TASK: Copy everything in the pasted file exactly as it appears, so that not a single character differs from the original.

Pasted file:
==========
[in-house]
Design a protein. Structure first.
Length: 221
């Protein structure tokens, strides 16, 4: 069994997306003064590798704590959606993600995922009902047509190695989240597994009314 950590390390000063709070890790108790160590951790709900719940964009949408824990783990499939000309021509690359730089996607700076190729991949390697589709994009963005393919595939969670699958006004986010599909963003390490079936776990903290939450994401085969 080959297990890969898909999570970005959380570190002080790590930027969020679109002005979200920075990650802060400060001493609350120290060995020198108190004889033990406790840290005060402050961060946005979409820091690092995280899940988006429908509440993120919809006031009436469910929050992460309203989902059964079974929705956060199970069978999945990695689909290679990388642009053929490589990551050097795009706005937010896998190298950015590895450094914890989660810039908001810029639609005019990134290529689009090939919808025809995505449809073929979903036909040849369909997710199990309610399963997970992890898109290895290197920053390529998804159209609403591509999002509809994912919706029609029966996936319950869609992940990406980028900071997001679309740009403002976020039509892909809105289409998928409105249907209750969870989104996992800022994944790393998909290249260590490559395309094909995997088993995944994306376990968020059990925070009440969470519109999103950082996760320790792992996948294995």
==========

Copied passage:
[in-house]
Design a protein. Structure first.
Length: 221
């Protein structure tokens, strides 16, 4: 069994997306003064590798704590959606993600995922009902047509190695989240597994009314 950590390390000063709070890790108790160590951790709900719940964009949408824990783990499939000309021509690359730089996607700076190729991949390697589709994009963005393919595939969670699958006004986010599909963003390490079936776990903290939450994401085969 080959297990890969898909999570970005959380570190002080790590930027969020679109002005979200920075990650802060400060001493609350120290060995020198108190004889033990406790840290005060402050961060946005979409820091690092995280899940988006429908509440993120919809006031009436469910929050992460309203989902059964079974929705956060199970069978999945990695689909290679990388642009053929490589990551050097795009706005937010896998190298950015590895450094914890989660810039908001810029639609005019990134290529689009090939919808025809995505449809073929979903036909040849369909997710199990309610399963997970992890898109290895290197920053390529998804159209609403591509999002509809994912919706029609029966996936319950869609992940990406980028900071997001679309740009403002976020039509892909809105289409998928409105249907209750969870989104996992800022994944790393998909290249260590490559395309094909995997088993995944994306376990968020059990925070009440969470519109999103950082996760320790792992996948294995």